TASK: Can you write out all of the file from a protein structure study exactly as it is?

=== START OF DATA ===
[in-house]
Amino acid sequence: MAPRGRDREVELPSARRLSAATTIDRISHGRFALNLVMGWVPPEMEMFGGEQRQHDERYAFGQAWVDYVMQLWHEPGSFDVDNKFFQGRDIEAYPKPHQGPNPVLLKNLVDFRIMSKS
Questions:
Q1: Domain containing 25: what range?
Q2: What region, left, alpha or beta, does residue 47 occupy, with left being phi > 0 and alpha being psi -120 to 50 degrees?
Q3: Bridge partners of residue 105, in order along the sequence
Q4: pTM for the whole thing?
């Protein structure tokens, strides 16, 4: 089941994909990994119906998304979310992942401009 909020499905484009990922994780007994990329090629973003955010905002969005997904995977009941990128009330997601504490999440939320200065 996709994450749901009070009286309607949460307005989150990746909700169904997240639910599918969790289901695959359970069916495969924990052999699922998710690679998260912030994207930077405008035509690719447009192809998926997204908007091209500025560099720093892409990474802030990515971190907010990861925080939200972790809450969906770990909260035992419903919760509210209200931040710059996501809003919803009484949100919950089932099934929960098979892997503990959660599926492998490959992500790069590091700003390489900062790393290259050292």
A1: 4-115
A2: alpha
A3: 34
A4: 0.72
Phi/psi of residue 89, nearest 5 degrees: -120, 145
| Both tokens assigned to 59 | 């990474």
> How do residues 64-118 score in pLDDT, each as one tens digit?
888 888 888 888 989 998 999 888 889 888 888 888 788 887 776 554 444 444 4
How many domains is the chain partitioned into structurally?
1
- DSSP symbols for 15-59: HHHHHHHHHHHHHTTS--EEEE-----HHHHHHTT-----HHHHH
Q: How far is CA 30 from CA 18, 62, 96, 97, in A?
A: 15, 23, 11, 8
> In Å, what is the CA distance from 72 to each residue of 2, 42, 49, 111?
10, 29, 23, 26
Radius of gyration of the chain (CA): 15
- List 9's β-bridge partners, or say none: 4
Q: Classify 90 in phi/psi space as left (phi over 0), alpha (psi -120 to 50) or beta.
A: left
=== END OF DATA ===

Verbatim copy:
[in-house]
Amino acid sequence: MAPRGRDREVELPSARRLSAATTIDRISHGRFALNLVMGWVPPEMEMFGGEQRQHDERYAFGQAWVDYVMQLWHEPGSFDVDNKFFQGRDIEAYPKPHQGPNPVLLKNLVDFRIMSKS
Questions:
Q1: Domain containing 25: what range?
Q2: What region, left, alpha or beta, does residue 47 occupy, with left being phi > 0 and alpha being psi -120 to 50 degrees?
Q3: Bridge partners of residue 105, in order along the sequence
Q4: pTM for the whole thing?
């Protein structure tokens, strides 16, 4: 089941994909990994119906998304979310992942401009 909020499905484009990922994780007994990329090629973003955010905002969005997904995977009941990128009330997601504490999440939320200065 996709994450749901009070009286309607949460307005989150990746909700169904997240639910599918969790289901695959359970069916495969924990052999699922998710690679998260912030994207930077405008035509690719447009192809998926997204908007091209500025560099720093892409990474802030990515971190907010990861925080939200972790809450969906770990909260035992419903919760509210209200931040710059996501809003919803009484949100919950089932099934929960098979892997503990959660599926492998490959992500790069590091700003390489900062790393290259050292």
A1: 4-115
A2: alpha
A3: 34
A4: 0.72
Phi/psi of residue 89, nearest 5 degrees: -120, 145
| Both tokens assigned to 59 | 């990474």
> How do residues 64-118 score in pLDDT, each as one tens digit?
888 888 888 888 989 998 999 888 889 888 888 888 788 887 776 554 444 444 4
How many domains is the chain partitioned into structurally?
1
- DSSP symbols for 15-59: HHHHHHHHHHHHHTTS--EEEE-----HHHHHHTT-----HHHHH
Q: How far is CA 30 from CA 18, 62, 96, 97, in A?
A: 15, 23, 11, 8
> In Å, what is the CA distance from 72 to each residue of 2, 42, 49, 111?
10, 29, 23, 26
Radius of gyration of the chain (CA): 15
- List 9's β-bridge partners, or say none: 4
Q: Classify 90 in phi/psi space as left (phi over 0), alpha (psi -120 to 50) or beta.
A: left